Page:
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“Eco Terrorists” Accused Of Plotting Against IBM Face Trial In Switzerland

Three go on trial for allegedly planning to bomb an IBM facility in Switzerland. Prosecutors say the accused have ties with an Italian anarchist group known as the FAI, which claims responsibility for several recent bomb attacks in southern Europe.

Anarchist graffiti in Lisbon, Portugal
Anarchist graffiti in Lisbon, Portugal
Denis Masmejan

BELLINZONA - A group of so-called "eco-terrorists' are set to appear this week before the Federal Criminal Court in this town in Switzerland, where they are accused of plotting to bomb an IBM research center in Ruschlikon.

According to the 2010 national security report by the Swiss Defense Department, the allegations are "of great importance" given that the region has experienced a recent wave of violent actions linked to left-wing extremism and "eco-terrorism."

The defendants, Italians Costantino Alfonso Ragusa, 36 and his wife Silvia Ragusa Guerini, 29, and Luca "Billy" Cristos Bernasconi, 26, of Switzerland, describe themselves as environmental, revolutionary and anarchist activists. The three face charges ranging from attempted arson, to trafficking of illegal explosive substances.

The defendants have been in custody since their arrest on April 15, 2010 outside of Zurich. In the trunk of their rental car, police found five propane bottles, 12 liters of benzene, two liters of engine oil and equipment for igniting the explosives. According to the police, the woman was in possession of two bags of explosive materials weighing 476 grams.

Police also found 31 letters claiming responsibility for a bombing that was allegedly planned for the new IBM building in Ruschlikon. The letters were signed by the Switzerland Earth Liberation Front. Prosecutors say they have no doubt the group was planning to bomb the IBM research center, which is still under construction.

Links to 1970s era terrorists

Several messages written by the defendants have been translated and published online by an anonymous source. In their letters, the alleged eco-terrorists complain about jail conditions and about the fact their mail is monitored. In protest, the detainees launched a hunger strike. Their messages reveal deep ideological convictions. One letter quotes Ulrike Meinhof, a member of the Red Army Faction, Germany's most violent and prominent left-wing terror groups founded in 1970.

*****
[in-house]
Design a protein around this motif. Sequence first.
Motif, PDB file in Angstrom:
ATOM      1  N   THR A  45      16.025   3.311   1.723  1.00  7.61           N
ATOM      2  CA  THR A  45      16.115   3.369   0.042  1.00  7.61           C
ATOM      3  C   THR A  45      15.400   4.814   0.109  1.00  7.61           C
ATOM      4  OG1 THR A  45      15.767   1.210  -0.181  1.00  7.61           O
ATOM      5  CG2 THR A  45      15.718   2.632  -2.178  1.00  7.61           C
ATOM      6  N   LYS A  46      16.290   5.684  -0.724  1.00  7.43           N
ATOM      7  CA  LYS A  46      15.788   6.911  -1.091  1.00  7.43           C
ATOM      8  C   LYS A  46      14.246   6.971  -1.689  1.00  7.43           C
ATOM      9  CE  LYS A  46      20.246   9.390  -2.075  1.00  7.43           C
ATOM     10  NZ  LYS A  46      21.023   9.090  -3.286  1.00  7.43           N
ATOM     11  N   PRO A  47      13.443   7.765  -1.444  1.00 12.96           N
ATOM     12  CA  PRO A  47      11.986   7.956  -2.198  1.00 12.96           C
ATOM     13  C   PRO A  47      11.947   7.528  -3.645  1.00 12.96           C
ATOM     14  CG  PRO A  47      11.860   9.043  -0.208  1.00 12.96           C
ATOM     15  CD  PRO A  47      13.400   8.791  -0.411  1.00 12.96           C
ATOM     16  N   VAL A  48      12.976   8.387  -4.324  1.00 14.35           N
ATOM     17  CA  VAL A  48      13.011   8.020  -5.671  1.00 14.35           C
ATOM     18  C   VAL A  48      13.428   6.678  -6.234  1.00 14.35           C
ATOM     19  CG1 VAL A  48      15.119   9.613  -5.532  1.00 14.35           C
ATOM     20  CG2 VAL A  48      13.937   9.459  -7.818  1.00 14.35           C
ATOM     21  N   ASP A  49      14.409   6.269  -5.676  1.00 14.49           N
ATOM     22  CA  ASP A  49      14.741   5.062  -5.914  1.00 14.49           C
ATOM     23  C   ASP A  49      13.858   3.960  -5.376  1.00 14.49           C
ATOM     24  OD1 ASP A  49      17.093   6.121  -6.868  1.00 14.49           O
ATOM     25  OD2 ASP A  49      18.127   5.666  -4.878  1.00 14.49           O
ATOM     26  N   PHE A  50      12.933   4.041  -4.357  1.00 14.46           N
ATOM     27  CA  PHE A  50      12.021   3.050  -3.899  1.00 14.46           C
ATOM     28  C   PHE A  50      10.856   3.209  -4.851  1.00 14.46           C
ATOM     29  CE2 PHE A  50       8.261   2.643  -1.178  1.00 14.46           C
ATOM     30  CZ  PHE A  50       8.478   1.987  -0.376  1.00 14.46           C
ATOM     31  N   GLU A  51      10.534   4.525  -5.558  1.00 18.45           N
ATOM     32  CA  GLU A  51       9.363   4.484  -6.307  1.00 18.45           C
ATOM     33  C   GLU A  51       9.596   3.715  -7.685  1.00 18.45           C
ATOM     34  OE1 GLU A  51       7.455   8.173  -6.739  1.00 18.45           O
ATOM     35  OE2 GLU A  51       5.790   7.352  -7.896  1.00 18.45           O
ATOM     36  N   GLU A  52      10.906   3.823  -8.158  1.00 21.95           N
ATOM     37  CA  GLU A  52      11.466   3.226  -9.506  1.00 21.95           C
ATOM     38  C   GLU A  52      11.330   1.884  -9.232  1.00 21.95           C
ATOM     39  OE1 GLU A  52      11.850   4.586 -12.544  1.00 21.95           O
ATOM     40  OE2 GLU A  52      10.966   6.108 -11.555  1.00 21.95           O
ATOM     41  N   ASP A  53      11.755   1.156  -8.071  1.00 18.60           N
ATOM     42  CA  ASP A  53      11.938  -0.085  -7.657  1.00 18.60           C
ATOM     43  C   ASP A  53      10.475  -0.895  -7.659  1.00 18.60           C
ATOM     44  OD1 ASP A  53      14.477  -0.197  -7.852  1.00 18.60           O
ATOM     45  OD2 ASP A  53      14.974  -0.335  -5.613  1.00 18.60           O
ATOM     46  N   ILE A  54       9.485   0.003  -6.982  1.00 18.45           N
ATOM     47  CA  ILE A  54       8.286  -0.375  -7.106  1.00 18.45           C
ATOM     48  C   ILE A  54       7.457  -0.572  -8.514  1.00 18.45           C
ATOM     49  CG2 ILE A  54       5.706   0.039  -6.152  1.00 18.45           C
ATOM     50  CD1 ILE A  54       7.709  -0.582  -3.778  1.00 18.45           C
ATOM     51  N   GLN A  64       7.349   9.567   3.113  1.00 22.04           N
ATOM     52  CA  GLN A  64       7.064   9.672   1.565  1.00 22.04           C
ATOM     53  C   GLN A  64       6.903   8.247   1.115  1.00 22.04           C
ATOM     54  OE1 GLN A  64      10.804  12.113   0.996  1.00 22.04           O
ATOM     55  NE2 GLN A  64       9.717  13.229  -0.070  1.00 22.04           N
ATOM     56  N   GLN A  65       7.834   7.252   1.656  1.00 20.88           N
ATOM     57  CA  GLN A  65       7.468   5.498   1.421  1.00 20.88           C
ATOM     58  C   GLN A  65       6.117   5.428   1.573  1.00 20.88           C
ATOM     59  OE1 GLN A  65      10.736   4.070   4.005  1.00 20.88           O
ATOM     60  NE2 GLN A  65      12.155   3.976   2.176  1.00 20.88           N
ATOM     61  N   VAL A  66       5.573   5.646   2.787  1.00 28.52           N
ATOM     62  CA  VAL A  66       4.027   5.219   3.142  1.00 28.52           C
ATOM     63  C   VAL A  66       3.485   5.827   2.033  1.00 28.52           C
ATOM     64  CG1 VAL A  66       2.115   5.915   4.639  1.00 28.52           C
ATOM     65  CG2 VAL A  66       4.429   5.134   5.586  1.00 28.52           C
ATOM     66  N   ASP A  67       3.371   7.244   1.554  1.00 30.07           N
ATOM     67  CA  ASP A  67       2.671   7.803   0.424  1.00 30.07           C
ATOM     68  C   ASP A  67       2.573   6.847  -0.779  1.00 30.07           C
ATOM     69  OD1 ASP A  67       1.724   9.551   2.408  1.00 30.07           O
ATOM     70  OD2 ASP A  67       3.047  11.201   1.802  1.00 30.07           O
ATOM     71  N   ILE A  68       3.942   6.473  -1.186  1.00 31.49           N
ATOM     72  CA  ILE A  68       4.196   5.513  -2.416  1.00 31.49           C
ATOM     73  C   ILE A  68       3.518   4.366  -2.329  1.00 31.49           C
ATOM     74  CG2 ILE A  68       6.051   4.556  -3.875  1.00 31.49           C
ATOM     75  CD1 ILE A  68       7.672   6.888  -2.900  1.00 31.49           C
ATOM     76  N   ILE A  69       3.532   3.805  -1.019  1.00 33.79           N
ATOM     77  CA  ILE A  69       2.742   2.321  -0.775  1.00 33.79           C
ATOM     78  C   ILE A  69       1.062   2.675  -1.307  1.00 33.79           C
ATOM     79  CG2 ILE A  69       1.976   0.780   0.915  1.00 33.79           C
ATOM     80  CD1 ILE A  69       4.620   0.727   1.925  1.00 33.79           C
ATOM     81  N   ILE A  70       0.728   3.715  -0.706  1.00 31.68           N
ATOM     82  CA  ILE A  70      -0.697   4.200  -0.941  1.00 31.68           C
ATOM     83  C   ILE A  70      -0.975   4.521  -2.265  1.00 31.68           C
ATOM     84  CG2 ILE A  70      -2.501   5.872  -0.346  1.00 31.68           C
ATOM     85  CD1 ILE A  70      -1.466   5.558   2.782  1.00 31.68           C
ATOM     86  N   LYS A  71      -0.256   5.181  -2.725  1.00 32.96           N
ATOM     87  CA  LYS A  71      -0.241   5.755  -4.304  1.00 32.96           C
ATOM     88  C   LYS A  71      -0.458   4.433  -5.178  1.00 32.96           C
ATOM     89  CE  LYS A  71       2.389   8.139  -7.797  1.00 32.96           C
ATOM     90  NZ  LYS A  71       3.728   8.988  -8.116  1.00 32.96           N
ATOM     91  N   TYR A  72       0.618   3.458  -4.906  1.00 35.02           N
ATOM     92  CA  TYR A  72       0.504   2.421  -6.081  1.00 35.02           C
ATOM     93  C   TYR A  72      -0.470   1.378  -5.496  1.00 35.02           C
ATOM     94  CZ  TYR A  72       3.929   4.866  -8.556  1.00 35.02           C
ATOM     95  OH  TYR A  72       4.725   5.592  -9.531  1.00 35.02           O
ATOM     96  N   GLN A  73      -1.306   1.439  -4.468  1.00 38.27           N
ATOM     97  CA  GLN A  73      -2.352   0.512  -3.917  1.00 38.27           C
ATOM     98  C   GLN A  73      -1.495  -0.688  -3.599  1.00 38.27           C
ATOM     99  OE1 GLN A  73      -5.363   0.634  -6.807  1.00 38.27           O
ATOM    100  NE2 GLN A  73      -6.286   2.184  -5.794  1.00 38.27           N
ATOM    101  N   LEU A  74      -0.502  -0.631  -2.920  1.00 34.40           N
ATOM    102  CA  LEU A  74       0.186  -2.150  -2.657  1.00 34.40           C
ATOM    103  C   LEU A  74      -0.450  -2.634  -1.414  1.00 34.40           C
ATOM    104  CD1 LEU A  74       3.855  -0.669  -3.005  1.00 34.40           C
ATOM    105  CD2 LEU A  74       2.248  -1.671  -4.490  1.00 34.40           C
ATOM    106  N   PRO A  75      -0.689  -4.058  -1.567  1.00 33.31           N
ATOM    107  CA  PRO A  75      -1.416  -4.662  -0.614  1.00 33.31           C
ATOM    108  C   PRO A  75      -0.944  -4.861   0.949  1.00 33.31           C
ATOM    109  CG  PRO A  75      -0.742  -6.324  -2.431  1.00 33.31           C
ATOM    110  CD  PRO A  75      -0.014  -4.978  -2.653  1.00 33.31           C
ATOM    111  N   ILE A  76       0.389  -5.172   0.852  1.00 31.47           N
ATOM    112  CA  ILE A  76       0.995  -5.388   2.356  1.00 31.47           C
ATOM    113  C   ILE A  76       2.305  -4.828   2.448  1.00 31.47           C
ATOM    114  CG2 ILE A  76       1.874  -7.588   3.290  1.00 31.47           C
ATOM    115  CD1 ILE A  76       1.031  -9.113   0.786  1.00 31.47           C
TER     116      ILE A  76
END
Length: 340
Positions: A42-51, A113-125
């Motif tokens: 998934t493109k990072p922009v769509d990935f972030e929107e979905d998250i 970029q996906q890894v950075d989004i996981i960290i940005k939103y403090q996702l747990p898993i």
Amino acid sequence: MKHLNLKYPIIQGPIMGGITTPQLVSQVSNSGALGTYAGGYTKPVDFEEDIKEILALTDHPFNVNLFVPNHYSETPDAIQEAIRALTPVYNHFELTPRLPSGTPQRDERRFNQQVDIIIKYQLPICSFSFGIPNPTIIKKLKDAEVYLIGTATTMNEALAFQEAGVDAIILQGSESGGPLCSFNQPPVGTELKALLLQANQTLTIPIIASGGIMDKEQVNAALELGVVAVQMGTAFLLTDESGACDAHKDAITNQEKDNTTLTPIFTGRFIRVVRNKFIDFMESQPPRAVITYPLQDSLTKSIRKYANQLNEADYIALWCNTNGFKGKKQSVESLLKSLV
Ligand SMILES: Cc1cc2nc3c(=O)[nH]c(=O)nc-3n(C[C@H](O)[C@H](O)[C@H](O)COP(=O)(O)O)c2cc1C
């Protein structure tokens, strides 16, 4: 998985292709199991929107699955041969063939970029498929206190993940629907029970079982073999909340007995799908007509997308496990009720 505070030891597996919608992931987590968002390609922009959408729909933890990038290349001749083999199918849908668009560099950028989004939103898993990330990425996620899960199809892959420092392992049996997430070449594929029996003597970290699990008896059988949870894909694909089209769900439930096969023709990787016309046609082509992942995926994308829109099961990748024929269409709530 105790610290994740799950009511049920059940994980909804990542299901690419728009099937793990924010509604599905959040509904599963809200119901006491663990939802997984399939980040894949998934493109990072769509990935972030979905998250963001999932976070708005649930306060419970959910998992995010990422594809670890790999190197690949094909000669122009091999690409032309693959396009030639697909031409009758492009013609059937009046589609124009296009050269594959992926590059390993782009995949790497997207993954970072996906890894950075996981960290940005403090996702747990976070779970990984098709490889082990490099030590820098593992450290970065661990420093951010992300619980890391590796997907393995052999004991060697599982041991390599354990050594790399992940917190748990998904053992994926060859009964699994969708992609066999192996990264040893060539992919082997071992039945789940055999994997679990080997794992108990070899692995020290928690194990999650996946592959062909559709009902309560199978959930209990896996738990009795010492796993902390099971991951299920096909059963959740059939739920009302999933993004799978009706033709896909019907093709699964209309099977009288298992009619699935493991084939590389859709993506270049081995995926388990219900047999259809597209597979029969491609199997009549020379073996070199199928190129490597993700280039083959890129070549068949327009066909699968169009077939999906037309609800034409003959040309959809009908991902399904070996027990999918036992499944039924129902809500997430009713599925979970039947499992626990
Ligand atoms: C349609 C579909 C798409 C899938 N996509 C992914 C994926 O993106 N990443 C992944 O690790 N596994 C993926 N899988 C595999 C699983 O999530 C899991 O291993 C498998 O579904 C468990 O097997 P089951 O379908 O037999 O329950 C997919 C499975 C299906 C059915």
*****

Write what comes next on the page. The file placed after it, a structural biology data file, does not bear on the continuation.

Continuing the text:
"Against any state, priest or boss, against every prison and repression, against any exploitation of men by man, of women by men, of any other species by man and of nature by man," they explain in a written statement cosigned by Marco Camenisch, a well-known anarchist. Camenisch is currently serving time for killing a customs officer in Brusio, Switzerland.

The name Marco Camenisch along with the names of the three defendants appear in a letter apparently written by the Federazione Anarchica Informale (FAI), an Italian anarchist organization claiming responsibility for last March's parcel bomb attack on the Swiss nuclear headquarters in Olten. Miraculously, no one was seriously injured by the explosion. The FAI said it carried out the attack to protest the jailing of the four anarchists.

The FAI claims responsibility for several other bomb attacks as well. In Livorno, Italy a soldier lost eight fingers when a parcel bomb exploded. Another parcel bomb, in Athens, Greece, was defused in time. A third bomb attack took place last December in Rome. The targets in that case were the Chilean and Swiss embassies.

The Swiss Embassay had been hit two months earlier by a Molotov cocktail. The attackers reportedly left a message on the wall demanding freedom for the three defendants being held in Switzerland.

Read the original article in French

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How Italy's "Conscientious Objector" Doctors — De Facto — Limit Abortion Rights

Italy decriminalized abortion in 1978, but the law allows for doctors to conscientiously object. And so many do that it makes it difficult for many women to access health care when they need it most, with some turning to unsafe abortions.

Photo of a woman surrounded by nuns during an anti-abortion demonstration in Rome, Italy
Annalisa Camilli

COSENZA — At the Annunziata Civil Hospital in this southern Italian city, every single gynecologist is a conscientious objector. So pregnancy termination is possible only twice a week here when the visiting doctor who performs the procedure is present.

“More than six months after the resignation of the only non-objector gynecologist at Annunziata, the service is still lacking and is proceeding in fits and starts," explain the activists of the FEM.IN collective, who met with the hospital's administrative director in December and made them promise to hire two more doctors and guarantee the service in the area.

The hospital is not an isolated case in Italy. According to a Ministry of Health report from 2022, 64.6% of Italian gynecologists were conscientious objectors in 2020, a rate slightly lower than 2019, while 44.6% of anesthesiologists and 36.2% of non-medical staff object to performing pregnancy terminations.

This means that 45 years after the passage of the law that decriminalized abortion in Italy through the third month of pregnancy, the "objection" rate among physicians and health care professionals is so high that it makes the termination of pregnancy effectively impractical in many areas of the country.

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